Inspiring Story, Uninspired Film


Photo Provided by Warner Brothers

A man aboard a train from Amsterdam to Paris passes a confused glance to his wife in the new film “15:17 to Paris.” He hustles to the area right outside the bathroom and knocks, unknowingly waiting for the shock of a lifetime: a terrorist with a machine grade rifle lurks in the bathroom, preparing for his attack.

Director Clint Eastwood has famously portrayed modern heroes in his films “American Sniper” (2014) and “Sully” (2016). More recently, Eastwood has gained press for his new movie about three Americans, Spencer Stone, Alek Skarlatos and Anthony Sadler, the actual men who thwarted a terrorist attack on a train to Paris in 2015. And that is the best-selling facet of the moviethe heroes play themselves on screen. 

“American Sniper” and “Sully” both received popular reviews. Rotten Tomatoes, a website that measures the quality of movies and TV shows, gave these films 72 and 86 percent ratings respectively. But what caused Eastwood’s newest flick, which opened in theaters on Feb. 9, to receive a mere 20 percent score from that same company?

The film begins by chronicling the scene with the terrorists boarding the train. However, the filming angles were strange and somewhat shaky, which caused my mother to comment, “Why do they only keep showing us the terrorist’s behind?”

The setting abruptly shifts to the upbring of the three protagonists in Sacramento, California where Stone and Skarlatos, who attended elementary school together,  befriend their new school’s troublemaker, Sadler. The boys religiously talk about the military, often wear camouflage, and play war with airsoft machine guns. The boys part ways before high school, and at this point, the background to these characters was finished.

Weaved with a couple flashes of the scene on the train, the viewer sees the now-adult protagonists commence their twenty-something lives according to plan: Sadler is enrolled at college while Stone and Skarlatos separately pursue their military ambitions by enlisting in the army.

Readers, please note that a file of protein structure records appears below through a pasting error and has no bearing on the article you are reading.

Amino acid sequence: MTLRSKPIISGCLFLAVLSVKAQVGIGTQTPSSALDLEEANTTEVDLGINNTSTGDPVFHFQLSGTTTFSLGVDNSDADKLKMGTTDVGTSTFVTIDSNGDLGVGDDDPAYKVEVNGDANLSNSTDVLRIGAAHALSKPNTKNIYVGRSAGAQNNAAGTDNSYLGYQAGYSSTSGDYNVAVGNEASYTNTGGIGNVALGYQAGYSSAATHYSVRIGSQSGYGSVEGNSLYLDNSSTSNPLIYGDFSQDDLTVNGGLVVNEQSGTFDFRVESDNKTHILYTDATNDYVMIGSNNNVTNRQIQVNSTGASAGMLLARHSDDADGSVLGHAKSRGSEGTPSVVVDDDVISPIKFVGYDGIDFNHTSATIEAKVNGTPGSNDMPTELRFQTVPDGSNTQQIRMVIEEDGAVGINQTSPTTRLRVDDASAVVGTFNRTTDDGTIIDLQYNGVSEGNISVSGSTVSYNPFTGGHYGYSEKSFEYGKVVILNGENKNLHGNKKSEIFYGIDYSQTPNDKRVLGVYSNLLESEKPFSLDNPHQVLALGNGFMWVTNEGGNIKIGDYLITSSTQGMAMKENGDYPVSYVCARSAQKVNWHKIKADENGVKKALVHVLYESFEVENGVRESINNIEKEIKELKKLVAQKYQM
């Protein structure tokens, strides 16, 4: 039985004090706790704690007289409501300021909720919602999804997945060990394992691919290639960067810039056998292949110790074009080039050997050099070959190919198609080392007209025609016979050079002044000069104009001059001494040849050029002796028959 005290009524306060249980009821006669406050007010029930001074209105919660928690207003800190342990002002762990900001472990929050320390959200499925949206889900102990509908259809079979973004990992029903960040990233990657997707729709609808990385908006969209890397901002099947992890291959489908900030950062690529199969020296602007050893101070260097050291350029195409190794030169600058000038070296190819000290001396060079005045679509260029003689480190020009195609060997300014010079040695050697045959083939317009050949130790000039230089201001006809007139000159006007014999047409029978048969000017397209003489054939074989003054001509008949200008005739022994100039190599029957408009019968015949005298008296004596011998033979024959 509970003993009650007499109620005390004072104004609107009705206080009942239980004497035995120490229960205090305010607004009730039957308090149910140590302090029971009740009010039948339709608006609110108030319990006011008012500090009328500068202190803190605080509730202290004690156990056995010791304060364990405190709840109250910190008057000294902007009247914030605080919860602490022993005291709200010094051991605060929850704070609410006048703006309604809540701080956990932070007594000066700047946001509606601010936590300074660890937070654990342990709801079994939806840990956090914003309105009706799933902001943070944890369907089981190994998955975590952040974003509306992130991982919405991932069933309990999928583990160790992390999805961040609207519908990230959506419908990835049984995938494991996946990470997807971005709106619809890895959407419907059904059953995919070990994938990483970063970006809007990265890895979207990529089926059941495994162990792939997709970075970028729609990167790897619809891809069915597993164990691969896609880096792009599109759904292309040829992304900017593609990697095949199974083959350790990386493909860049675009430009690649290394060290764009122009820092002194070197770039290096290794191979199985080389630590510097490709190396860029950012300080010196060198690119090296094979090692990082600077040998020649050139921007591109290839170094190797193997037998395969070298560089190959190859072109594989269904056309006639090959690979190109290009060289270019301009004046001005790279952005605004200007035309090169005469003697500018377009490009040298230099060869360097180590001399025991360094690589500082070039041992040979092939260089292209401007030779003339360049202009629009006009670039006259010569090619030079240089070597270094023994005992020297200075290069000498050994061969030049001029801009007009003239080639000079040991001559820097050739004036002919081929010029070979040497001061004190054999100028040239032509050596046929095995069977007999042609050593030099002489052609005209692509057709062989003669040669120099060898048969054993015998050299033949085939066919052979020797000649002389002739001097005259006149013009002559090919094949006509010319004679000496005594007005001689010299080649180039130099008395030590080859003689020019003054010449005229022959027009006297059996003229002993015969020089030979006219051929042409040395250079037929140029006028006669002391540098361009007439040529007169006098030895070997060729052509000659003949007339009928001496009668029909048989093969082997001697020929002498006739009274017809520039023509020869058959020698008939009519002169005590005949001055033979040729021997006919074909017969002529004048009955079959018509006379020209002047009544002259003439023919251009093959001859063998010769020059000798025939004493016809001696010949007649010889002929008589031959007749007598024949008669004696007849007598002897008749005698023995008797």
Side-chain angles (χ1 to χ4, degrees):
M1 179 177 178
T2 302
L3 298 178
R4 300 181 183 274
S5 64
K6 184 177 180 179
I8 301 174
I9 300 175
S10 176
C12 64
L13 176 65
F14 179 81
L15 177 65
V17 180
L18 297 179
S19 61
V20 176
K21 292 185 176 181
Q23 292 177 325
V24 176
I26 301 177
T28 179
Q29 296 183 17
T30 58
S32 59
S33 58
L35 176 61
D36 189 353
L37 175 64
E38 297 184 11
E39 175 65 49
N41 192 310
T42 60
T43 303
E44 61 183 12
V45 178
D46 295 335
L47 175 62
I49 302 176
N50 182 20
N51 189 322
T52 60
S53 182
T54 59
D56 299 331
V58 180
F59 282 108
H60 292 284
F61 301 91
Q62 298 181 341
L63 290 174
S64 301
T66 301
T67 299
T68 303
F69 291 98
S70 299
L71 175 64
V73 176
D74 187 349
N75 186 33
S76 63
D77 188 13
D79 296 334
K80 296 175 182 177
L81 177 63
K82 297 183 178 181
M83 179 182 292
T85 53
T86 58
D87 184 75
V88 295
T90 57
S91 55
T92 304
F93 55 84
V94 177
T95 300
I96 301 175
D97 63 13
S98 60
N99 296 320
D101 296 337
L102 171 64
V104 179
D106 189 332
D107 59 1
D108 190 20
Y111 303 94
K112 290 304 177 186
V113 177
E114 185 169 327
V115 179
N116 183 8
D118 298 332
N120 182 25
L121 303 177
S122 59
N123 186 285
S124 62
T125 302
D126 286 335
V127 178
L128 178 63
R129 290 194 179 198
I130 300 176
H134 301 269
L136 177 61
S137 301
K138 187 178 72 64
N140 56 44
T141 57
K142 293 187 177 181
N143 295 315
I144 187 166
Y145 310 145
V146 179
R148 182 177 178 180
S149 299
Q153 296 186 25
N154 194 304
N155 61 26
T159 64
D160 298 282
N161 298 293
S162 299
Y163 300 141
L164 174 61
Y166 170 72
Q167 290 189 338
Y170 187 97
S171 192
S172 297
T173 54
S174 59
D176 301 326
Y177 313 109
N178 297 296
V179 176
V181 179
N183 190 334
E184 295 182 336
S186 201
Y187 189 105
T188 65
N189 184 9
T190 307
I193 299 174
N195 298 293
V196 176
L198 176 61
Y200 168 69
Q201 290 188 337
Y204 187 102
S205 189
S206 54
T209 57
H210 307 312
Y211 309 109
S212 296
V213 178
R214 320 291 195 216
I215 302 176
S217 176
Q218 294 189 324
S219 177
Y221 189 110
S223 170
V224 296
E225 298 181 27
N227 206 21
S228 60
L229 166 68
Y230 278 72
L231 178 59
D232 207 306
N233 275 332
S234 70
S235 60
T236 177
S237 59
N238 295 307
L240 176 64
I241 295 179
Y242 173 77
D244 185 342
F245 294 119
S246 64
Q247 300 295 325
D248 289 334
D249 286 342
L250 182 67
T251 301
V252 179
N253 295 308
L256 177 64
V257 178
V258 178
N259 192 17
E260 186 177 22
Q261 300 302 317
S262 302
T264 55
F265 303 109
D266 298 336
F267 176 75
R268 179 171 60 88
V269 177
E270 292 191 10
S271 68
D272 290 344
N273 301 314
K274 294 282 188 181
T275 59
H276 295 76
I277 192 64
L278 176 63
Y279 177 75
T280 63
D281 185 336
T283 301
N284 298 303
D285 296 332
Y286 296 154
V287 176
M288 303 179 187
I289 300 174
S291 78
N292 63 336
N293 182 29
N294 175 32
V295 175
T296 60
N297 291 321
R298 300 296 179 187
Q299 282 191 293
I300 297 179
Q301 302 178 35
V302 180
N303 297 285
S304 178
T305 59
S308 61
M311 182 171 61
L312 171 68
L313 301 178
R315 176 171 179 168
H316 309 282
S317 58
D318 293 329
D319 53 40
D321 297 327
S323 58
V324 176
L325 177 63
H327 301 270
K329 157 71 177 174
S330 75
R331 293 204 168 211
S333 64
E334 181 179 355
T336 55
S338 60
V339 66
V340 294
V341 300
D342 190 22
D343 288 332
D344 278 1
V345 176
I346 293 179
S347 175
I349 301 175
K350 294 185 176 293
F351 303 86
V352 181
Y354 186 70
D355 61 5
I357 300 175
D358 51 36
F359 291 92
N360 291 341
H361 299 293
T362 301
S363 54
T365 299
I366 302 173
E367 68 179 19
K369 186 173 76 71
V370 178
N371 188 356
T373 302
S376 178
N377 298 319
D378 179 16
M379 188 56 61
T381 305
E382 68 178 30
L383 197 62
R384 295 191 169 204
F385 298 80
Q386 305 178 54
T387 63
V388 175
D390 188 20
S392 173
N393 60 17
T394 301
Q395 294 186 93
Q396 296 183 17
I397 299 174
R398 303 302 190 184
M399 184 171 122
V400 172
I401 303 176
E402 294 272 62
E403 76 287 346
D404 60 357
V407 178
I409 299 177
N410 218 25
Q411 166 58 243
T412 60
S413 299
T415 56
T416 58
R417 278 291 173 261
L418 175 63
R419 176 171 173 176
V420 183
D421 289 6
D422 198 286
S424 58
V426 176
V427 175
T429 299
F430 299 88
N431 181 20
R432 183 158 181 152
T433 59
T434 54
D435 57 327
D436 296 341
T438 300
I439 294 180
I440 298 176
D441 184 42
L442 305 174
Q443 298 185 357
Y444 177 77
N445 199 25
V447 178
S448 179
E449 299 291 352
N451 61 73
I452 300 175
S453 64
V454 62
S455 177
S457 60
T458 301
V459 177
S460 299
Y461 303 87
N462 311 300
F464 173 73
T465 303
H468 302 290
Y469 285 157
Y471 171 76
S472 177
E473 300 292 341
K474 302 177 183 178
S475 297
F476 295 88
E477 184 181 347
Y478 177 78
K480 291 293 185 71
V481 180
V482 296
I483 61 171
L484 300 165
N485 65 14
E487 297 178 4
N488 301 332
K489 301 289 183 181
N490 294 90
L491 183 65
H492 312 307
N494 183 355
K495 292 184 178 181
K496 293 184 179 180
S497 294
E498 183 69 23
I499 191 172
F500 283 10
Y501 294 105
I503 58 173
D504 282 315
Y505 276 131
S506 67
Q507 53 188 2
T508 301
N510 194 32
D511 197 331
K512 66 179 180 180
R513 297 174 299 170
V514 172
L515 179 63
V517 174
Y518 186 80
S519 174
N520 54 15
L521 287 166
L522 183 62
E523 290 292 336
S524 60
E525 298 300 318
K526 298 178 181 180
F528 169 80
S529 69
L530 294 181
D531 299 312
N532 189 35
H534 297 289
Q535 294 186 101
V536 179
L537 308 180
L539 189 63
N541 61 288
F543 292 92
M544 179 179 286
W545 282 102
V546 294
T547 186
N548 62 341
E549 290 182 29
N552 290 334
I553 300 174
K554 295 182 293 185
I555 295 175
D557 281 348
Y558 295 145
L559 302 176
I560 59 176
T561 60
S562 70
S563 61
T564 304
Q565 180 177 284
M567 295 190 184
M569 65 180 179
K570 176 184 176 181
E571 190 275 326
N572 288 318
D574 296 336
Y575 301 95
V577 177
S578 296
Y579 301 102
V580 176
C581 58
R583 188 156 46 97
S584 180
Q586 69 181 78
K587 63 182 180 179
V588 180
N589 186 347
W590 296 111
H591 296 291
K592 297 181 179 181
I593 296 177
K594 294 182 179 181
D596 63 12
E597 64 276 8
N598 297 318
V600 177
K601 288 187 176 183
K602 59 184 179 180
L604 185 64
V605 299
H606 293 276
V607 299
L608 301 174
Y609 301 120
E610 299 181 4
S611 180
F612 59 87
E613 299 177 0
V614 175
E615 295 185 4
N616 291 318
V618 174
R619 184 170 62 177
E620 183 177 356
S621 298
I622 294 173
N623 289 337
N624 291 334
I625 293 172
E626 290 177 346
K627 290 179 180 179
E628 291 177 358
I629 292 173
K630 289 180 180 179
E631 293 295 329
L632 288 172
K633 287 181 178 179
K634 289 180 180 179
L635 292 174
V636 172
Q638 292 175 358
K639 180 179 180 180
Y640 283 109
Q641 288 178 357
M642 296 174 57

Somehow, the three men end up gallivanting through Europe together and a large portion of the movie displays them at bars and clubs. With a few twists of fate, the boys go to Amsterdam and board a train to their next destination: Paris.

This was the moment that I was waiting for: to see the heroic moment of bringing down the terrorist. However, in the blink of an eye, the actual terror attack and heroism was over.

The movie barely covers the aftermath of the attack and quickly finishes leaving the majority of the viewers, myself included, unsatisfied. Eastwood made a bold decision hiring the actual heroes to play themselves, according to an ABC article, the director denied the stars acting lessons because “he didn’t want them to look like they were acting.” In the end, the movie felt forced because of the heroes inexperienced acting.In the end, the movie felt forced because of the heroes inexperienced acting.

While the quality of the film was low, the notion of putting an authentic story behind three American heroes is very inspiring.It was enthralling to have a first-hand experience of the three characters’ upbringing, and the movie is riddled with excellent themes.The film represents breaking the stigma behind single motherhood and emphasizes that anyone can be a hero.

Despite its downfalls, I would encourage everyone to see the film. It shares the often untold story of an-almost tragedy and honors the heroes who prevented the deaths of hundreds at the hands of a terrorist with 300 rounds of ammunition.

Eliana Goodman, Asst. Magazine Editor